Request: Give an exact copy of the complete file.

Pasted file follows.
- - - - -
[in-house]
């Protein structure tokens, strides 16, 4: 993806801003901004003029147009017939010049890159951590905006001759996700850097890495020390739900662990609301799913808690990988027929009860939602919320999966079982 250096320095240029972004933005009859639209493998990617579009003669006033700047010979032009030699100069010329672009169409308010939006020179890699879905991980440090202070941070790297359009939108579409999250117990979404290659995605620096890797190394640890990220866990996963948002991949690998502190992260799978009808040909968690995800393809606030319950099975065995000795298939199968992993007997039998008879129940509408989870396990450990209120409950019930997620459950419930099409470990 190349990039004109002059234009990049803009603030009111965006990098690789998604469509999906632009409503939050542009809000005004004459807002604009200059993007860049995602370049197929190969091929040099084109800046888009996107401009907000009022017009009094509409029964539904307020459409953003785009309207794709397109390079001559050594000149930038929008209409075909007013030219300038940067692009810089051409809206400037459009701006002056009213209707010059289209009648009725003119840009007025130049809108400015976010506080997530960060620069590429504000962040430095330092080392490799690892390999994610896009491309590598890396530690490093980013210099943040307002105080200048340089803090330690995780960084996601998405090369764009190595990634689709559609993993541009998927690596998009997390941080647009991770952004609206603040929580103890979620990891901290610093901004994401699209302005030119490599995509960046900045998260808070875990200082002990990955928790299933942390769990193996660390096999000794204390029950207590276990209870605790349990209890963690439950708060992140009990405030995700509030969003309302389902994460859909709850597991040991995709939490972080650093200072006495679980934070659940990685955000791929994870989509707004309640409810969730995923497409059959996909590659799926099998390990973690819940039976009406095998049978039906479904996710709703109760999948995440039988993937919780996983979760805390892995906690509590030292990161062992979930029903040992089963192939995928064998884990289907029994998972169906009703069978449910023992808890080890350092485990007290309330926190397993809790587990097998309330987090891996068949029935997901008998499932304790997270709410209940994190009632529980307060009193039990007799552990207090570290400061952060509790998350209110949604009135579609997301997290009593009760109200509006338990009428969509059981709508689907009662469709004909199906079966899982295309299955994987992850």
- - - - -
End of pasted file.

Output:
[in-house]
């Protein structure tokens, strides 16, 4: 993806801003901004003029147009017939010049890159951590905006001759996700850097890495020390739900662990609301799913808690990988027929009860939602919320999966079982 250096320095240029972004933005009859639209493998990617579009003669006033700047010979032009030699100069010329672009169409308010939006020179890699879905991980440090202070941070790297359009939108579409999250117990979404290659995605620096890797190394640890990220866990996963948002991949690998502190992260799978009808040909968690995800393809606030319950099975065995000795298939199968992993007997039998008879129940509408989870396990450990209120409950019930997620459950419930099409470990 190349990039004109002059234009990049803009603030009111965006990098690789998604469509999906632009409503939050542009809000005004004459807002604009200059993007860049995602370049197929190969091929040099084109800046888009996107401009907000009022017009009094509409029964539904307020459409953003785009309207794709397109390079001559050594000149930038929008209409075909007013030219300038940067692009810089051409809206400037459009701006002056009213209707010059289209009648009725003119840009007025130049809108400015976010506080997530960060620069590429504000962040430095330092080392490799690892390999994610896009491309590598890396530690490093980013210099943040307002105080200048340089803090330690995780960084996601998405090369764009190595990634689709559609993993541009998927690596998009997390941080647009991770952004609206603040929580103890979620990891901290610093901004994401699209302005030119490599995509960046900045998260808070875990200082002990990955928790299933942390769990193996660390096999000794204390029950207590276990209870605790349990209890963690439950708060992140009990405030995700509030969003309302389902994460859909709850597991040991995709939490972080650093200072006495679980934070659940990685955000791929994870989509707004309640409810969730995923497409059959996909590659799926099998390990973690819940039976009406095998049978039906479904996710709703109760999948995440039988993937919780996983979760805390892995906690509590030292990161062992979930029903040992089963192939995928064998884990289907029994998972169906009703069978449910023992808890080890350092485990007290309330926190397993809790587990097998309330987090891996068949029935997901008998499932304790997270709410209940994190009632529980307060009193039990007799552990207090570290400061952060509790998350209110949604009135579609997301997290009593009760109200509006338990009428969509059981709508689907009662469709004909199906079966899982295309299955994987992850």